When a company decides to go public, its shares are not directly listed on the stock exchange. First, the company must sell those shares to investors. This previous step is called Initial Public Offering (IPO).
This is where the terms primary market and secondary market come into play. IPOs are considered to take place in the primary market, although the shares that are purchased can then be sold on the stock market, which is a secondary market.
After the IPO, the ownership structure of the company changes enormously. In addition, a part of its shares are available in the stock market to be freely bought and sold.
As discussed in previous posts, listed companies must meet a series of requirements and conform to a very strict regulation. Therefore, before being listed, not only must they request an authorization from the Spanish National Securities Market Commission (CNMV), they also must follow a structured process, which includes audits and the participation of a registered financial advisor and an underwriter, among other steps.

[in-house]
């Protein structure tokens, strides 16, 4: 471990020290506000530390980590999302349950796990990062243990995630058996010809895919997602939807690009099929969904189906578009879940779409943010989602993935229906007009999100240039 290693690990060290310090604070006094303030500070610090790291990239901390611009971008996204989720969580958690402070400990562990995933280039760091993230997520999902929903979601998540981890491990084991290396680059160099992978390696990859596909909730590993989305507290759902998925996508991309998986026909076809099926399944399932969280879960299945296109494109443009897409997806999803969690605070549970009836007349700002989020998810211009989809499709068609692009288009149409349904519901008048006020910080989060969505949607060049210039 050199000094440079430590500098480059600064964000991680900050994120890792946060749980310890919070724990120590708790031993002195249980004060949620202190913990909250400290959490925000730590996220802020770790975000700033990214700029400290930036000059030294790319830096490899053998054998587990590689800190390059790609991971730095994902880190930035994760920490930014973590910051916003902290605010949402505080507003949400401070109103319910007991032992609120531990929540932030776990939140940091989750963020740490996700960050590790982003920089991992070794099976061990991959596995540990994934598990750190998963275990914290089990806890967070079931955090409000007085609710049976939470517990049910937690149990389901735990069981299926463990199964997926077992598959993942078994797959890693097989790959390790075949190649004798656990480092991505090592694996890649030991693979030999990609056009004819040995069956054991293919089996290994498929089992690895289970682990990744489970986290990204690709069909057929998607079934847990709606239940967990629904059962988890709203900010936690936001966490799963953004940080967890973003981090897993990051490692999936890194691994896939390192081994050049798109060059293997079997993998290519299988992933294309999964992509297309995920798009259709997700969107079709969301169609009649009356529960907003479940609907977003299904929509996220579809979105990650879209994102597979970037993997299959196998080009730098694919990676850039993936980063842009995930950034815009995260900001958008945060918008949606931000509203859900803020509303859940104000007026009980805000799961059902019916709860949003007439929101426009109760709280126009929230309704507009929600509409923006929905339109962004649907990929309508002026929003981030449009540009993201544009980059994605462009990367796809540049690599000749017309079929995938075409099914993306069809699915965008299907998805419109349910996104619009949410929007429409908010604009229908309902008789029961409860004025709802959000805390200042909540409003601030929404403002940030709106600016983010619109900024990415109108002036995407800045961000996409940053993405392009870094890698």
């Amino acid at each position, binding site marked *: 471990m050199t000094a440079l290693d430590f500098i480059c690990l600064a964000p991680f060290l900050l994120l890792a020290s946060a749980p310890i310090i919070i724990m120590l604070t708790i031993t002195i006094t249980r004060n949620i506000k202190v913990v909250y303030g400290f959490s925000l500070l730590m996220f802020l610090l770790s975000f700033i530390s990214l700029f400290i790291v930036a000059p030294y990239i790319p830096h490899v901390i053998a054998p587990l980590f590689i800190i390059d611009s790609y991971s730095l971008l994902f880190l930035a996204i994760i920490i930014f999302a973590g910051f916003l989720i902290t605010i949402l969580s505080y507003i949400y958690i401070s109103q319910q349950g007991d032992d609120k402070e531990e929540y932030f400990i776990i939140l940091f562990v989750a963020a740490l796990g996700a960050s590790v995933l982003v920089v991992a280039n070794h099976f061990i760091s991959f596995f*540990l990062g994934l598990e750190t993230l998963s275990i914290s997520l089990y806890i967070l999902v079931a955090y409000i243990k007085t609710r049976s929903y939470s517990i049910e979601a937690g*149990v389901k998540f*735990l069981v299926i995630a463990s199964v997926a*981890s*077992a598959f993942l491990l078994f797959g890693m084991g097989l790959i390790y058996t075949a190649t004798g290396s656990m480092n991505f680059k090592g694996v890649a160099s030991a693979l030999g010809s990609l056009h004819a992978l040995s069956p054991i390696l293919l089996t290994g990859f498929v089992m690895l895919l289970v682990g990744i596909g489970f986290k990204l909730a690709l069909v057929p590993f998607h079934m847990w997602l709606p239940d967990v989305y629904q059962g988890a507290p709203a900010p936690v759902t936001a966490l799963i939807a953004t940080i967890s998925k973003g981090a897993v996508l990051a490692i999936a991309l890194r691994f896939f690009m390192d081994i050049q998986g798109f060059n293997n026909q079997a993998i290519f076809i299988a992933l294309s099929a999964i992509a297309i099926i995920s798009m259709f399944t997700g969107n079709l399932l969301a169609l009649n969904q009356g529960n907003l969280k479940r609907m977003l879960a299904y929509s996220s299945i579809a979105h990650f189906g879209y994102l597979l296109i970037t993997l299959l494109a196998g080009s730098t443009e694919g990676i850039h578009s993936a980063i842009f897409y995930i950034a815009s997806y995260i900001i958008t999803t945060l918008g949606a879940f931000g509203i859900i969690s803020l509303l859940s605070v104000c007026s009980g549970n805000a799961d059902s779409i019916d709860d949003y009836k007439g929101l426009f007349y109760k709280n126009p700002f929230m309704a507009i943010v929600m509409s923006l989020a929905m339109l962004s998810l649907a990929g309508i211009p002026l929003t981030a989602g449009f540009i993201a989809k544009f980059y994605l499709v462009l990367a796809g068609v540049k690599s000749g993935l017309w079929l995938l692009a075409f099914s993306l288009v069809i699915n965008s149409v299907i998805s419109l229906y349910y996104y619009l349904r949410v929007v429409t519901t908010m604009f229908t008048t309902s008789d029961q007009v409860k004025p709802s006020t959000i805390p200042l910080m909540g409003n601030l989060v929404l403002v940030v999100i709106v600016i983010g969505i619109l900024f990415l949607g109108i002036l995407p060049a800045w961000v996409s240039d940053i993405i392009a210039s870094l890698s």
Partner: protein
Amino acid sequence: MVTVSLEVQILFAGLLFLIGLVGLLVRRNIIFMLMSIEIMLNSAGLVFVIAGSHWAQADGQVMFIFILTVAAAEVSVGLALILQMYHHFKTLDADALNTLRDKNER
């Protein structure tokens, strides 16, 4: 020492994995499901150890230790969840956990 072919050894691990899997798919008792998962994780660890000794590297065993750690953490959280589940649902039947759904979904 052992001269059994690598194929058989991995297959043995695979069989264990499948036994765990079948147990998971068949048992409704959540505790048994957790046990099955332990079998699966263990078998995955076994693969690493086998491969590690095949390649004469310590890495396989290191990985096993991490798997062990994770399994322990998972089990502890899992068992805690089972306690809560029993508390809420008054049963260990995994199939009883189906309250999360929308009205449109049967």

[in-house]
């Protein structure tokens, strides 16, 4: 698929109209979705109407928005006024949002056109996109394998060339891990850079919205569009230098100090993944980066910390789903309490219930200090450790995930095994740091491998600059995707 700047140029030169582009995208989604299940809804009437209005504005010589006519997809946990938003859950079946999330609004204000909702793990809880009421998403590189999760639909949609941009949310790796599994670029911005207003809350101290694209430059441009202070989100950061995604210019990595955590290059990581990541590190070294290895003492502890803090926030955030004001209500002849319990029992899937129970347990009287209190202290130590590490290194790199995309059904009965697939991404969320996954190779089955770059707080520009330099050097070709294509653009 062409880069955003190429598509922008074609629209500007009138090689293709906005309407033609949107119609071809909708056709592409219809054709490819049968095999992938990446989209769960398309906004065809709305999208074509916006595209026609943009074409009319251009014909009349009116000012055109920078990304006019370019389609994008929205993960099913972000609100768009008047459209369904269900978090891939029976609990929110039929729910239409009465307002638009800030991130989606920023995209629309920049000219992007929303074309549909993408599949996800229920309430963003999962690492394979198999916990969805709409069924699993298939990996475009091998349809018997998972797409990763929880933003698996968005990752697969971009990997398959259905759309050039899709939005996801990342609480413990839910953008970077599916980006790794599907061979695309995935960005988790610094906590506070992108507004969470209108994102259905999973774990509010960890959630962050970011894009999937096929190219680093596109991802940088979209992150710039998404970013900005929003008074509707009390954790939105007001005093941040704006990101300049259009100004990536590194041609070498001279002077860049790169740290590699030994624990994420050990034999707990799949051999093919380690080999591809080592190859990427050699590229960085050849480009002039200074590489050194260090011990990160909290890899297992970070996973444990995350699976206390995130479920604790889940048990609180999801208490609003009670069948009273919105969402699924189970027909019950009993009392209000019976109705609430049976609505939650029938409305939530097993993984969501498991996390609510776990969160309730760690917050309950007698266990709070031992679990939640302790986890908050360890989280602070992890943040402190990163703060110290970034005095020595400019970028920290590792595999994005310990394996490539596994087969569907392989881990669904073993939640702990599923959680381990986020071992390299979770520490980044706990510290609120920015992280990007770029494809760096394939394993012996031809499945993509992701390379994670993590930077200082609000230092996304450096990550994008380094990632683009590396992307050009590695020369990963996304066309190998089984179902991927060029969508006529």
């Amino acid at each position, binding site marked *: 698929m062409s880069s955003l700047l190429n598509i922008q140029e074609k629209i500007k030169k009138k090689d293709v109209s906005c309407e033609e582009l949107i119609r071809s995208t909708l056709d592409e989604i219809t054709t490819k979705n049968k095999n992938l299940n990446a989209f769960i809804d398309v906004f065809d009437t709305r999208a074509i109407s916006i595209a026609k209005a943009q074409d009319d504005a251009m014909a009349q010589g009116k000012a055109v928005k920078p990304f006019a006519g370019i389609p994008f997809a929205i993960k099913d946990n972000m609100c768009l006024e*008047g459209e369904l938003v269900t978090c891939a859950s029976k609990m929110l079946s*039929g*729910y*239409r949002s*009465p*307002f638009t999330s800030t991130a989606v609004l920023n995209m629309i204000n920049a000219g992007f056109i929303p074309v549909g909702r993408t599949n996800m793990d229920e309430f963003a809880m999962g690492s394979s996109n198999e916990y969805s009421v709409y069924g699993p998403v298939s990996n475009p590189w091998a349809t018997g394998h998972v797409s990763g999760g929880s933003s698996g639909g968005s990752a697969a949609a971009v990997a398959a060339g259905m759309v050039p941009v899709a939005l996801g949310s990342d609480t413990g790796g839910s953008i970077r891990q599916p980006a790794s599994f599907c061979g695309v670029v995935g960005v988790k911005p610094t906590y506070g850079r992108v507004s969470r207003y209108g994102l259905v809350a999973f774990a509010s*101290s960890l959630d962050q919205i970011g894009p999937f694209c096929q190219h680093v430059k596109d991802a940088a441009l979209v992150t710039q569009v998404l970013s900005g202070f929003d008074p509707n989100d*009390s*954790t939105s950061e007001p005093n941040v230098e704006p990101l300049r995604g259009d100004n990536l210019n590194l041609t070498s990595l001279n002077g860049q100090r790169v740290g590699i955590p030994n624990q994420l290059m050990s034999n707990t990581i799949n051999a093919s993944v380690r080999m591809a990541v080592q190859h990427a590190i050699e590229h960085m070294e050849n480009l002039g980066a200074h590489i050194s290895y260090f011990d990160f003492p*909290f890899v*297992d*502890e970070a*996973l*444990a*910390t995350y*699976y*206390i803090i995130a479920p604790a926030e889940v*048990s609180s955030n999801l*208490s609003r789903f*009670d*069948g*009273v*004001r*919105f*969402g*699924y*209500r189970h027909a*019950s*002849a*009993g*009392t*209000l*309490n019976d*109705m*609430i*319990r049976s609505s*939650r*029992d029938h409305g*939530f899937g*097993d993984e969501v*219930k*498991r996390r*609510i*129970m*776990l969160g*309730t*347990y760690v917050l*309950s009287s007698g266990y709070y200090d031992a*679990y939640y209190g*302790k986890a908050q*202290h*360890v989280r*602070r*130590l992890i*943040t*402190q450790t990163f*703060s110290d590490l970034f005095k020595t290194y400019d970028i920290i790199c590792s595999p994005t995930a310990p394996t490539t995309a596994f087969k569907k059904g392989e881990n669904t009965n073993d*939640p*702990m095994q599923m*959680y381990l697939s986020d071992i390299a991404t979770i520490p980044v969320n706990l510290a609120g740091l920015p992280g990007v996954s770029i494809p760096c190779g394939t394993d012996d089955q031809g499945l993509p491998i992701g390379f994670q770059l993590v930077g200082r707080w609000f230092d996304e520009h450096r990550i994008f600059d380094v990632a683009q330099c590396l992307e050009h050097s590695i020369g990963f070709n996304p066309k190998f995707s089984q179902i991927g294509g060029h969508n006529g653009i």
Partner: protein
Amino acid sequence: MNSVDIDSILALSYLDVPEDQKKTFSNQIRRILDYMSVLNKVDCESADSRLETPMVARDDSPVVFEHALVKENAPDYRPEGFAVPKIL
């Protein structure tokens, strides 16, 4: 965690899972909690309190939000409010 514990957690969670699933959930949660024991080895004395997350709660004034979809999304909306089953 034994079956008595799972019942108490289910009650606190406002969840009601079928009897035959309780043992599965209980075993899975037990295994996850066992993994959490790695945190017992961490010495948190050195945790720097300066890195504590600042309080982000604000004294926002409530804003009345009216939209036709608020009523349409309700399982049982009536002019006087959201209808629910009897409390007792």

Although all types of companies can resort to the IPO, regardless of their sector, size or seniority, the truth is that an IPO is a milestone in their history. In many cases, these are young companies or with solid plans to grow and expand, which is why they are usually attractive to all types of investors.
In any case, investors who decide to buy shares of a company in an IPO automatically become co-owners, even in a very small proportion.